of heavy copper cable.
The bridge may be provided with three bridge wires of different
resistances, any one of which may be used at will. Two shunts
may be provided for the wire of lowest resistance, and thus there
is altogether the equivalent of five different bridge wires. This
arrangement adapts the apparatus to making direct comparisons
with a wide range of resistances.
The bridge, as mechanically designed, often consists of two
One unit, which we may designate " the coil holder," consists
of a hard-rubber base upon which are mounted massive copper
bars for holding and connecting the ratio coils and the resistance
standards, also the commutating device for interchanging the
standard and the coil under comparison.
The other unit, which may be called the " bridge," consists of a
hard- wood base upon which are fastened the three slide wires and
three scales. A sliding contact maker is also a part of the
The two units are joined together electrically by low-resistance
The Carey-Foster method, as above described, is especially useful :
(1) For comparing with fundamental standards of resistance,
coils of approximately the same resistance. For this purpose the
bridge is adapted to comparing coils with standards of resistance.
(2) Coils may be compared with the standards when they differ
in value from the standards very considerably, provided one is
supplied with a resistance set of only very moderate accuracy.
If the resistance coil has a value higher than the standard, it is
shunted with the coils of a resistance box until the value of the
66 MEASURING ELECTRICAL RESISTANCE [ART. 403
shunted combination is sufficiently near that of the standard to
enable an exact balance to be obtained with one of the bridge
wires. If the coil under comparison has a lower value than the
standard, then the standard is shunted. The exact method of
procedure will be explained later.
(3) A valuable application of the method is the obtaining of
temperature coefficients of resistance coils or specimens of wire
of any kind, and exceedingly accurate results can be obtained.
(4) The method is very useful in adjusting a number of resist-
ance spools to the same value. For this a bridge wire is used, of
the same kind and size as the wire of the resistance spools. A
single reading will then give at once without any calculation the
exact length of wire that must be cut off to make the resistance of
the spool equal to that of the standard.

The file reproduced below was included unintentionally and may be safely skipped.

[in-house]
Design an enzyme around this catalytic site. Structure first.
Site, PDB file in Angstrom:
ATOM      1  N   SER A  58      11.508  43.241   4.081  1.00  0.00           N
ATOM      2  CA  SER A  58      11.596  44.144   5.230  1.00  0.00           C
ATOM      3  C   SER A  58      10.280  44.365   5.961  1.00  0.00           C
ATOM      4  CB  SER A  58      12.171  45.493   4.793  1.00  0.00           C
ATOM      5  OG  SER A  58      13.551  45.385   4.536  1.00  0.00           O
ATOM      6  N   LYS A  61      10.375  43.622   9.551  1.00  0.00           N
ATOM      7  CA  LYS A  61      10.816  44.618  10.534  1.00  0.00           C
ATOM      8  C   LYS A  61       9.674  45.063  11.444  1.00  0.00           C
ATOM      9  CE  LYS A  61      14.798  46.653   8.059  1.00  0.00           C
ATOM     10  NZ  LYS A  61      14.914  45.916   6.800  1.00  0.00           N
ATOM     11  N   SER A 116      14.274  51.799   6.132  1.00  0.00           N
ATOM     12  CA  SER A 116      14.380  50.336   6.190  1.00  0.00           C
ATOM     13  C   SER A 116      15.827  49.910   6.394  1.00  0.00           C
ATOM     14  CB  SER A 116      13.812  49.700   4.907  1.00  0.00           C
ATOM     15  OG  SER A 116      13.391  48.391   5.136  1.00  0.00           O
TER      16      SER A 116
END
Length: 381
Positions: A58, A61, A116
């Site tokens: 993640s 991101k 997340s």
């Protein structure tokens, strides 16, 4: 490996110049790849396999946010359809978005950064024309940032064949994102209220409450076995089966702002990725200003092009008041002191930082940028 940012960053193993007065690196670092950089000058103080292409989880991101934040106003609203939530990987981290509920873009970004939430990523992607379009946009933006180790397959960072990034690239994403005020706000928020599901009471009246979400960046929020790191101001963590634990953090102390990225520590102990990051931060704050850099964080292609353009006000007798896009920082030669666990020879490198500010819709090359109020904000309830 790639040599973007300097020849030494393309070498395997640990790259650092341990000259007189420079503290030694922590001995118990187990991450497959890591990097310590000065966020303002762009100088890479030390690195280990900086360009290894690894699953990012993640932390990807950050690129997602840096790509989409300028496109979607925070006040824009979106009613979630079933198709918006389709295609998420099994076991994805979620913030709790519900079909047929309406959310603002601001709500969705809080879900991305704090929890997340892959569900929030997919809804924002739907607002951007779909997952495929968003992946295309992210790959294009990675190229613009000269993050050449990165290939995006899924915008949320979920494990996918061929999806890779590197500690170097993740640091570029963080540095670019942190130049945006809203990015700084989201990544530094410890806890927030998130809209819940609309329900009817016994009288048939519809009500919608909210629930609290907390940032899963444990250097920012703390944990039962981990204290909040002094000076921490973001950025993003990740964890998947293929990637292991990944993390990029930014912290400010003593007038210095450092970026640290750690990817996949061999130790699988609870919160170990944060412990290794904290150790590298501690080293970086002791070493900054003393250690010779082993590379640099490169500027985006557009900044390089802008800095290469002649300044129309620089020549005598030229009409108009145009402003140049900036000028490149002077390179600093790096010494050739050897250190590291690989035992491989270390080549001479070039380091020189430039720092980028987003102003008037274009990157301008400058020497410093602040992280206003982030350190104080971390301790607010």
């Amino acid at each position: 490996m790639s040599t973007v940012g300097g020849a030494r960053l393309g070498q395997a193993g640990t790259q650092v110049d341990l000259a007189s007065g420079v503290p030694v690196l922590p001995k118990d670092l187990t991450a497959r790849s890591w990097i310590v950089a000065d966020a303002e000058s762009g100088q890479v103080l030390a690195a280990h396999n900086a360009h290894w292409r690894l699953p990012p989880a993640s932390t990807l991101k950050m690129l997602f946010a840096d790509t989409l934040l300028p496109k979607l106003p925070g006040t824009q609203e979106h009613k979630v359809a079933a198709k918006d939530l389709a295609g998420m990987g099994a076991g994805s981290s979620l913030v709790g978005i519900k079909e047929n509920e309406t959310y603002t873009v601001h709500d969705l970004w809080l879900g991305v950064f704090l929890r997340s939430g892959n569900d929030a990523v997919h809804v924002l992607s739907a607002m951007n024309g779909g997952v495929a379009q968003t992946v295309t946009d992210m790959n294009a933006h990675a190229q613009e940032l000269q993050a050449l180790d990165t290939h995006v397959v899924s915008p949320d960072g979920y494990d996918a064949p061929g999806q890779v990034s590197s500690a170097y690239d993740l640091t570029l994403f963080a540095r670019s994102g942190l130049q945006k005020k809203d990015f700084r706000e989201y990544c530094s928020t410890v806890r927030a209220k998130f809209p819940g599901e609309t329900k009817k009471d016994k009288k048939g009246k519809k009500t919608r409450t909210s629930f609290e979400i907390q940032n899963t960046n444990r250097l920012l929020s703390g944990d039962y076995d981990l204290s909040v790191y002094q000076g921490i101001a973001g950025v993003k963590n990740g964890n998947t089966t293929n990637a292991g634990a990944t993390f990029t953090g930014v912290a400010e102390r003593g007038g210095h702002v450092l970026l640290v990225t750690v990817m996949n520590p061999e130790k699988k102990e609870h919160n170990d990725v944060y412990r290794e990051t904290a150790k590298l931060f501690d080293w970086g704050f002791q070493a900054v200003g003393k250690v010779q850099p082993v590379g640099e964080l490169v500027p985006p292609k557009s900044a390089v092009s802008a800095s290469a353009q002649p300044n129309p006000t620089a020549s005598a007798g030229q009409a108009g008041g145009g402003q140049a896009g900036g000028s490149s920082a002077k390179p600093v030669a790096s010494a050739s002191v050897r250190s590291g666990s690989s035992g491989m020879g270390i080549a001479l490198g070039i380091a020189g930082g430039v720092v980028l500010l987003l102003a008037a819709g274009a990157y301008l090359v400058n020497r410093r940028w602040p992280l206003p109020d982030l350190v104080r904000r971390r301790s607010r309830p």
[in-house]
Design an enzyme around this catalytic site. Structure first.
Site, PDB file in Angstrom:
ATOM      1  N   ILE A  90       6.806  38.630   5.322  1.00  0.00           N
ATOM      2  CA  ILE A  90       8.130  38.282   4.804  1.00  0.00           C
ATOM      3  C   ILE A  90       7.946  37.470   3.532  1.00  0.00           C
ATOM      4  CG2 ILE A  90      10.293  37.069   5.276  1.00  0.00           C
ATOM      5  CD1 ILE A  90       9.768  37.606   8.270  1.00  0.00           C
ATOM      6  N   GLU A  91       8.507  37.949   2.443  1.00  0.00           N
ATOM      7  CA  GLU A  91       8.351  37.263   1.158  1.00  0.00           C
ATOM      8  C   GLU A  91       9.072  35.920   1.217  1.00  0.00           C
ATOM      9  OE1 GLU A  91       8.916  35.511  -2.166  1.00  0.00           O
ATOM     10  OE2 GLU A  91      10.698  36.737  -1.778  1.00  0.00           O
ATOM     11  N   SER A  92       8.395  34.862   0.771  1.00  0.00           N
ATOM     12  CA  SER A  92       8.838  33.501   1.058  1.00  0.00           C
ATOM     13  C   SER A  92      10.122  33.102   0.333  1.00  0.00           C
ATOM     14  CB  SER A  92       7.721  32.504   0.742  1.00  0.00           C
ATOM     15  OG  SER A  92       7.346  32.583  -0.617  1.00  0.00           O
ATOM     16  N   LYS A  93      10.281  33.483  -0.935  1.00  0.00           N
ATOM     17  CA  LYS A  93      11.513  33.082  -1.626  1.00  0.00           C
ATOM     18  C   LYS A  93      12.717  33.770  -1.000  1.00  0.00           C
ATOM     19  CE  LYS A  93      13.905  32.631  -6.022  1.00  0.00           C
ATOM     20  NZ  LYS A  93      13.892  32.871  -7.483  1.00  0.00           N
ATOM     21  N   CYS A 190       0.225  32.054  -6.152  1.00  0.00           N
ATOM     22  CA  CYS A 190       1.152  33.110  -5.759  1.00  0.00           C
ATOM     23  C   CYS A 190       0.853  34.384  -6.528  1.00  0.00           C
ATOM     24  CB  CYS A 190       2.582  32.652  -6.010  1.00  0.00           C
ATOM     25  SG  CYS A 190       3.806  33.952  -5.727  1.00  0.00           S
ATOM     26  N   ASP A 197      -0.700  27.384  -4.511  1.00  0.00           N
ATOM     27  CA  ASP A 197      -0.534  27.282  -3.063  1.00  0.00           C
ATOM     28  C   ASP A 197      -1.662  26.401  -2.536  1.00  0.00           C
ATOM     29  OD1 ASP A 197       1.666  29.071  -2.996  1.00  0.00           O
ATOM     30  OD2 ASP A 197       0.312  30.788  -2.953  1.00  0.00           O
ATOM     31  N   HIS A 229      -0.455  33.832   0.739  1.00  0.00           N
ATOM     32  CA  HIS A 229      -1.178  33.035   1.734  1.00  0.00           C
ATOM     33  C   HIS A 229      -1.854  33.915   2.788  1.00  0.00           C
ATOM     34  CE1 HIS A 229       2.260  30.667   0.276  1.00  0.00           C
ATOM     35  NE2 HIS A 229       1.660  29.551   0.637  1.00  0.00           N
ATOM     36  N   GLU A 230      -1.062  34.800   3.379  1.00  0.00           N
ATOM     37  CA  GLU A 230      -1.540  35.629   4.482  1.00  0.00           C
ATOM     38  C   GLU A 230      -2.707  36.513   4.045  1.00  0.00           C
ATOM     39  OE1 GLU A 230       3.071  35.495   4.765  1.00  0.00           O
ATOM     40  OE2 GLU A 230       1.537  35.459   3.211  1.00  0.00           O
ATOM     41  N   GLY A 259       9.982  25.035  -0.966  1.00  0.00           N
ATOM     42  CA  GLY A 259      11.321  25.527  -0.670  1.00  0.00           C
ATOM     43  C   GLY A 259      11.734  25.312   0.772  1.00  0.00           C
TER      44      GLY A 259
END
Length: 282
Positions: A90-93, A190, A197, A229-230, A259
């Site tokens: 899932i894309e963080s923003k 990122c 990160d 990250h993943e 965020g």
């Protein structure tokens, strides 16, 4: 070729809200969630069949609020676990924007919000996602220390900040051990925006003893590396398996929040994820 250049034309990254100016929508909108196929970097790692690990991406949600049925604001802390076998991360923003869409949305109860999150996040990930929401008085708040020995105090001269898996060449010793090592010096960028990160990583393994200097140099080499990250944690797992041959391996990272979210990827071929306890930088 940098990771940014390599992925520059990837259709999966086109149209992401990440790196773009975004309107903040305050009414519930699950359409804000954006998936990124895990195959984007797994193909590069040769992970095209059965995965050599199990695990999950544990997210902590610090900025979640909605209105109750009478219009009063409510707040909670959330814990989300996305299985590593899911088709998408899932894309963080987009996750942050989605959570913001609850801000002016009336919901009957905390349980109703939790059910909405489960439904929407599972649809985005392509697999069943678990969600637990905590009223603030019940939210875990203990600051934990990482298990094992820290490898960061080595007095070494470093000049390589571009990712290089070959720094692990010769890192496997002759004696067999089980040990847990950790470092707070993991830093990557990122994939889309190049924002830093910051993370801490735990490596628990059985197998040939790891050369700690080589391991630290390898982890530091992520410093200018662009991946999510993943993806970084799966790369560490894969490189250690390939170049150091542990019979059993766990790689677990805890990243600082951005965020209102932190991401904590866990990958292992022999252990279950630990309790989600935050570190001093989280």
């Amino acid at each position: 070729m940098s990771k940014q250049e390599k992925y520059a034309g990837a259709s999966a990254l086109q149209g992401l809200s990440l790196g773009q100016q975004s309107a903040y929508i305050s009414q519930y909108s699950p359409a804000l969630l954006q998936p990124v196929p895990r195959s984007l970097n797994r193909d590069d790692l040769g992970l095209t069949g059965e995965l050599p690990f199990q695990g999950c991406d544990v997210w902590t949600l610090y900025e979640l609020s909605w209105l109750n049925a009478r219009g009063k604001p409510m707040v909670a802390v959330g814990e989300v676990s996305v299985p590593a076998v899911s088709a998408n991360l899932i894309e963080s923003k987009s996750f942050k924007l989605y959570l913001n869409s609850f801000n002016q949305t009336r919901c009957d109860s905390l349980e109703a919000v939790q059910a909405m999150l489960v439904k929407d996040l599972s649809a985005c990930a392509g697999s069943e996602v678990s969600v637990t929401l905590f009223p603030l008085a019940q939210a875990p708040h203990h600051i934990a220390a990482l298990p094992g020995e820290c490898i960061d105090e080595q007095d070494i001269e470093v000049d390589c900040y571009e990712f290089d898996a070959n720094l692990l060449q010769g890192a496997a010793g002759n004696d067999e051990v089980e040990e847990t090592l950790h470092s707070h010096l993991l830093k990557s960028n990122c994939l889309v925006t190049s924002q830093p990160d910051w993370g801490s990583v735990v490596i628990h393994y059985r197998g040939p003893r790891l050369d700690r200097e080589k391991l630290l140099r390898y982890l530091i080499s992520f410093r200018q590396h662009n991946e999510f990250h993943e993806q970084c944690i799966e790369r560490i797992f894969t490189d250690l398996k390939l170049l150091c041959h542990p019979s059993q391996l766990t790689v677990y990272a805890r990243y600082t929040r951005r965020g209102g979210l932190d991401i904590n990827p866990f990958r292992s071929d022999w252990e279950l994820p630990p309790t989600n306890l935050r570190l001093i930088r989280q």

(5) A Carey-Foster bridge, together with a few reliable standard
resistances, enables one to check up the coils of a Wheatstone
bridge or standard resistance box with great accuracy.
(6) Very low resistances, such as the contact resistance of plugs
in a resistance box or the resistance of lead wires, are conveniently
measured with the Carey-Foster bridge. For such cases a thick
metal bar of known resistance may occupy the place of a standard
When one wishes to compare with a standard resistance another
resistance differing from it considerably, we may do so by shunt-
ing the standard resistance, if it has the higher value or the
resistance to be compared, if it has the higher value. The pro-
cedure is then the same as in other cases.
Suppose first that the resistance under comparison is greater
than the standard. Then if we shunt this resistance with a known
resistance a- we have
where D = a 2
or we obtain Si = a ^ . (13 )
a o ~r pU
If, second, the resistance is less than the standard, the standard
may be shunted with a resistance a and we have
-81 = Wr- - PD. (14)
ART. 403] THE WHEATSTONE-BRIDGE NETWORK
The value of a does not need to be known with great accuracy
if its value is considerably greater than the resistance which it
shunts. Thus if a = 100 S, and is in error one-tenth of one per
cent, the calculated value of S will be in error only about one-
hundredth of one per cent.
It may happen that we wish to compare a coil of, say, nominally
10,000 ohms resistance with a standard coil of that resistance. In
general the coil to be compared will differ so much from the standard
that a balance cannot be obtained with the slider on the bridge
wire. In this case a variable resistance may be inserted in series
with the coil of lower resistance and adjusted until a balance is
made possible with the slider on the bridge wire. This added
resistance, if not known, can then be measured and its value added
or subtracted as may be required from the coil being compared.
Again it may be required to measure a resistance which is lower
than the total length of one of the two bridge wires. Such a case
would be where we wish to obtain the value of the lead wires